March 16, 2015
Today’s article was sparked by a conversation I had with a food entrepreneur who mentioned that he keeps a very close eye on freight costs. At first I thought he meant the costs associated with shipping out his products, but he clarified for me that what he watches is the cost of freight for the ingredients and packaging that he orders and that are shipped to him.
This cost, rightly, is added into his product costing spreadsheet to ensure that his margins and pricing are taking freight expenses into account. But, as he pointed out, freight prices are constantly changing and it’s not possible to constantly change your prices to consumers. So what’s an entrepreneur to do?
His solution was to hedge the prices a bit. He didn’t do this formally on the stock market like big companies do (yes, big food companies hedge commodities all the time to try and keep their costs inline even as expenses increase) but rather, would keep a close eye on freight costs and if he saw the cost of freight decrease then he would order in more of his ingredients than normal. In order to do this well it does mean you have to have a strong grasp of your company’s finances and be able to weather a larger-than-normal cash outflow at different periods if you want to try and order in more ingredients but it does mean that you’re bringing your freight costs down as low as possible.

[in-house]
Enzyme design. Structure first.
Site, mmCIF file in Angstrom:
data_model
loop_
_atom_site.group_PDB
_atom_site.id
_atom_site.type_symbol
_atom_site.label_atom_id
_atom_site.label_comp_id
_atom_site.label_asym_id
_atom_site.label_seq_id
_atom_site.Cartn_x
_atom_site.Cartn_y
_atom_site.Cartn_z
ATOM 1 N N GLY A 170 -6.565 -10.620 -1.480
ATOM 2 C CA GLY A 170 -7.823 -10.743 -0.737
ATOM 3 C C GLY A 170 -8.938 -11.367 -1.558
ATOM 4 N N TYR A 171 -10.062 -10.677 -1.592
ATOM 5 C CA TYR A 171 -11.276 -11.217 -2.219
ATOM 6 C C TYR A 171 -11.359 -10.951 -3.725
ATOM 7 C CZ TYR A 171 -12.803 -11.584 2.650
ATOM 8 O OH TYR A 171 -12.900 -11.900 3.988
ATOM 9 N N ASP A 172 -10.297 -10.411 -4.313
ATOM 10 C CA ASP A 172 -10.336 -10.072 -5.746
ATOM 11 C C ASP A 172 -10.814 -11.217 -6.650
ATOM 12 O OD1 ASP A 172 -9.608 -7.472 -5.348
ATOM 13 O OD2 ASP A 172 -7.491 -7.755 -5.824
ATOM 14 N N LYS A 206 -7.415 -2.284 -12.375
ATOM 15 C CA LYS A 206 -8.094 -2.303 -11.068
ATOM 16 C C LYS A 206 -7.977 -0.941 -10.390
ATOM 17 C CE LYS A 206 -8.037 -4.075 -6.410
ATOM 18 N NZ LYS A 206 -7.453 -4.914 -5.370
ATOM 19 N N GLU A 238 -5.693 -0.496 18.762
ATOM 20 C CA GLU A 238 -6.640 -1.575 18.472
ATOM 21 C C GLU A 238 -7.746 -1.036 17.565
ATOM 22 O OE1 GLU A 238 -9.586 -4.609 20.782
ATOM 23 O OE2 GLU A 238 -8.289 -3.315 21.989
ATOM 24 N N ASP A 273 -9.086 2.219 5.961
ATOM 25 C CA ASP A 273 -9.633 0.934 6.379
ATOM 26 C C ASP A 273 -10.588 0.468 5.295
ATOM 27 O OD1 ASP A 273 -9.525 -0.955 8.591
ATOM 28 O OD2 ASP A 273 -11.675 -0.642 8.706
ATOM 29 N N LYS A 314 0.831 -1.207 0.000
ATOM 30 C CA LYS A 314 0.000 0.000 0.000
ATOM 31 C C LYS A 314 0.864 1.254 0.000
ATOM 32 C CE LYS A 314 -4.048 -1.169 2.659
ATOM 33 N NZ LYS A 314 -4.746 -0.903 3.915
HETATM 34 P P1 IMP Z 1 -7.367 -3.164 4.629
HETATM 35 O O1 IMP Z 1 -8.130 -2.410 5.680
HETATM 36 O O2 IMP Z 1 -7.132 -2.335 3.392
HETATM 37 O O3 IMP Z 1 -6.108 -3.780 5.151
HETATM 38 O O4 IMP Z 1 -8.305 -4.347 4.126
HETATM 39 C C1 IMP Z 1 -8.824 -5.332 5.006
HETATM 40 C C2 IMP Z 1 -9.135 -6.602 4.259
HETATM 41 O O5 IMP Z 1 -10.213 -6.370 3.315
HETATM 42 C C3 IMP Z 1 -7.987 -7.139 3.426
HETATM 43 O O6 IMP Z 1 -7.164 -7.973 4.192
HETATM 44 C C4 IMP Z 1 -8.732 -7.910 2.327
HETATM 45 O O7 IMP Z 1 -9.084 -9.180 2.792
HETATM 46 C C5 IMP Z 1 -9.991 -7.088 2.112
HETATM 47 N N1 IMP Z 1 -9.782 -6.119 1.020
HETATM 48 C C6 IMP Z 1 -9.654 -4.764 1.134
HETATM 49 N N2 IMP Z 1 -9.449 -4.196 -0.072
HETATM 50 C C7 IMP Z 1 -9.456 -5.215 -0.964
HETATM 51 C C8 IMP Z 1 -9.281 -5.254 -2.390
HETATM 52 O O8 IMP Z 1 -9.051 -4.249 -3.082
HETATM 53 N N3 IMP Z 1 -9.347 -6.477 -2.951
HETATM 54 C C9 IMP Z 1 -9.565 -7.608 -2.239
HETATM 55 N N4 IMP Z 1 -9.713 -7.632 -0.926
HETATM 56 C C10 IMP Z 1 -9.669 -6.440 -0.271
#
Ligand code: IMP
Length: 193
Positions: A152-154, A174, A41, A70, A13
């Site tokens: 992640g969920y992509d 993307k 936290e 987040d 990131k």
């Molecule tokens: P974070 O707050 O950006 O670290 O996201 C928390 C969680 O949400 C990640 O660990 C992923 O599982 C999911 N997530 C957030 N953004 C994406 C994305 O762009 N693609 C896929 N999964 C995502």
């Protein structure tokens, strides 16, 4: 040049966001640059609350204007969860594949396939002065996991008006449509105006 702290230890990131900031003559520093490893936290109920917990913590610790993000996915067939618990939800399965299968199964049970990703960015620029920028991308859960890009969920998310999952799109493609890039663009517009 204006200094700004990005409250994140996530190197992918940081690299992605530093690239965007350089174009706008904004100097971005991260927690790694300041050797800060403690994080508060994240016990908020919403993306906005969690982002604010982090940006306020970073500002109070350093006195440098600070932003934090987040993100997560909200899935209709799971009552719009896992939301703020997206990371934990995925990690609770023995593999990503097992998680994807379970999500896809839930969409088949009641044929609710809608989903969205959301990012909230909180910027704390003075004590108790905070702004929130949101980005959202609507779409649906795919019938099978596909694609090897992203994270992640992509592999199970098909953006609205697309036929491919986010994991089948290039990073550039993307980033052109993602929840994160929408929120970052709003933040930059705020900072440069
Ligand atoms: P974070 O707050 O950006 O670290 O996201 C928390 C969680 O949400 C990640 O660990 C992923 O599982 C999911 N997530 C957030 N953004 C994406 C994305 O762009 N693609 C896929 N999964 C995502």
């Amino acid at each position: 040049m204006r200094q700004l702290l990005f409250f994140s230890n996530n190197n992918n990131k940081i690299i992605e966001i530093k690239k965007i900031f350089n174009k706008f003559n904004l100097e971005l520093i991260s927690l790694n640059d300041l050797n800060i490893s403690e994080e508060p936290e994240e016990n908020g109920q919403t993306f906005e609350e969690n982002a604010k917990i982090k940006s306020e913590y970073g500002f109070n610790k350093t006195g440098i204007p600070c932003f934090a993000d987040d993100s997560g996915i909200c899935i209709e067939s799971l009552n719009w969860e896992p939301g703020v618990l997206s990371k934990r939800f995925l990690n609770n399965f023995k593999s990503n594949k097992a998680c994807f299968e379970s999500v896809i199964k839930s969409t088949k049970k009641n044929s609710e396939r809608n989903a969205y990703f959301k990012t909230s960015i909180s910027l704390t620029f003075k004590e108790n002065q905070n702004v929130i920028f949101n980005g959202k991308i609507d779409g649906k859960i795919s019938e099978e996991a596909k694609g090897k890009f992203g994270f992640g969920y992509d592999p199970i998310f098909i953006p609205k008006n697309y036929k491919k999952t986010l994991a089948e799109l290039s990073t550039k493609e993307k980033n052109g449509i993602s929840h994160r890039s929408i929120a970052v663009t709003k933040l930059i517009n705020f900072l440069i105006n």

The good news is that right now with low oil prices we also have low freight costs but, ultimately, oil and freight prices will increase again and you need to consider the role that that’s playing in your business finances.